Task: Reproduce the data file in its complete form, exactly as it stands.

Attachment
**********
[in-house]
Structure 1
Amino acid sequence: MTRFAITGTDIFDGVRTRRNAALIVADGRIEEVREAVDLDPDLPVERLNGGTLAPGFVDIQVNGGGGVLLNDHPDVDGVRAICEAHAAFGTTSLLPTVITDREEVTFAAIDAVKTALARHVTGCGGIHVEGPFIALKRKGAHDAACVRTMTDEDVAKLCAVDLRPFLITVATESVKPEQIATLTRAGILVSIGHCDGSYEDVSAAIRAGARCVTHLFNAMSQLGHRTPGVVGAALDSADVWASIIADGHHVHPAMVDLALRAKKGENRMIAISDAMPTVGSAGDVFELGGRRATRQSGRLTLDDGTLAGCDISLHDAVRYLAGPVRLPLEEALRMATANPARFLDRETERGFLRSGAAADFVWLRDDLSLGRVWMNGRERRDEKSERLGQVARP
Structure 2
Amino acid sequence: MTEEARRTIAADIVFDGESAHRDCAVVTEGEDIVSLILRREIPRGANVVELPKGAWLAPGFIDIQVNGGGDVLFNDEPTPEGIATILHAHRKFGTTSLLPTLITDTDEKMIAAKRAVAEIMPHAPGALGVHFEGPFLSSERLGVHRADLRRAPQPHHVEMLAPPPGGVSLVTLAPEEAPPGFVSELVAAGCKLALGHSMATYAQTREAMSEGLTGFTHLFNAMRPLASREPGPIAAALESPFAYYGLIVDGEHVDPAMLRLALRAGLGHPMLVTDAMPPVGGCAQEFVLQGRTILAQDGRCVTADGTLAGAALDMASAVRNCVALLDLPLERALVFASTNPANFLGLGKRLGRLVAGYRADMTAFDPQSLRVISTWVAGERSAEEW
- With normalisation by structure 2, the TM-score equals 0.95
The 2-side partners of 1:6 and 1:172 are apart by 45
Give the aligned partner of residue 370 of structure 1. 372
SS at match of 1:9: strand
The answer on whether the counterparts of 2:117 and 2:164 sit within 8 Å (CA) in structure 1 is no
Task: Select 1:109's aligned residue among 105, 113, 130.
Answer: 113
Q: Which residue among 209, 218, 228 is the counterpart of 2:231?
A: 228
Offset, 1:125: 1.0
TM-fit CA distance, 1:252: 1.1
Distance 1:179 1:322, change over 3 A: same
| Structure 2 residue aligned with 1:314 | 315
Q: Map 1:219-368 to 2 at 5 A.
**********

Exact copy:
[in-house]
Structure 1
Amino acid sequence: MTRFAITGTDIFDGVRTRRNAALIVADGRIEEVREAVDLDPDLPVERLNGGTLAPGFVDIQVNGGGGVLLNDHPDVDGVRAICEAHAAFGTTSLLPTVITDREEVTFAAIDAVKTALARHVTGCGGIHVEGPFIALKRKGAHDAACVRTMTDEDVAKLCAVDLRPFLITVATESVKPEQIATLTRAGILVSIGHCDGSYEDVSAAIRAGARCVTHLFNAMSQLGHRTPGVVGAALDSADVWASIIADGHHVHPAMVDLALRAKKGENRMIAISDAMPTVGSAGDVFELGGRRATRQSGRLTLDDGTLAGCDISLHDAVRYLAGPVRLPLEEALRMATANPARFLDRETERGFLRSGAAADFVWLRDDLSLGRVWMNGRERRDEKSERLGQVARP
Structure 2
Amino acid sequence: MTEEARRTIAADIVFDGESAHRDCAVVTEGEDIVSLILRREIPRGANVVELPKGAWLAPGFIDIQVNGGGDVLFNDEPTPEGIATILHAHRKFGTTSLLPTLITDTDEKMIAAKRAVAEIMPHAPGALGVHFEGPFLSSERLGVHRADLRRAPQPHHVEMLAPPPGGVSLVTLAPEEAPPGFVSELVAAGCKLALGHSMATYAQTREAMSEGLTGFTHLFNAMRPLASREPGPIAAALESPFAYYGLIVDGEHVDPAMLRLALRAGLGHPMLVTDAMPPVGGCAQEFVLQGRTILAQDGRCVTADGTLAGAALDMASAVRNCVALLDLPLERALVFASTNPANFLGLGKRLGRLVAGYRADMTAFDPQSLRVISTWVAGERSAEEW
- With normalisation by structure 2, the TM-score equals 0.95
The 2-side partners of 1:6 and 1:172 are apart by 45
Give the aligned partner of residue 370 of structure 1. 372
SS at match of 1:9: strand
The answer on whether the counterparts of 2:117 and 2:164 sit within 8 Å (CA) in structure 1 is no
Task: Select 1:109's aligned residue among 105, 113, 130.
Answer: 113
Q: Which residue among 209, 218, 228 is the counterpart of 2:231?
A: 228
Offset, 1:125: 1.0
TM-fit CA distance, 1:252: 1.1
Distance 1:179 1:322, change over 3 A: same
| Structure 2 residue aligned with 1:314 | 315
Q: Map 1:219-368 to 2 at 5 A.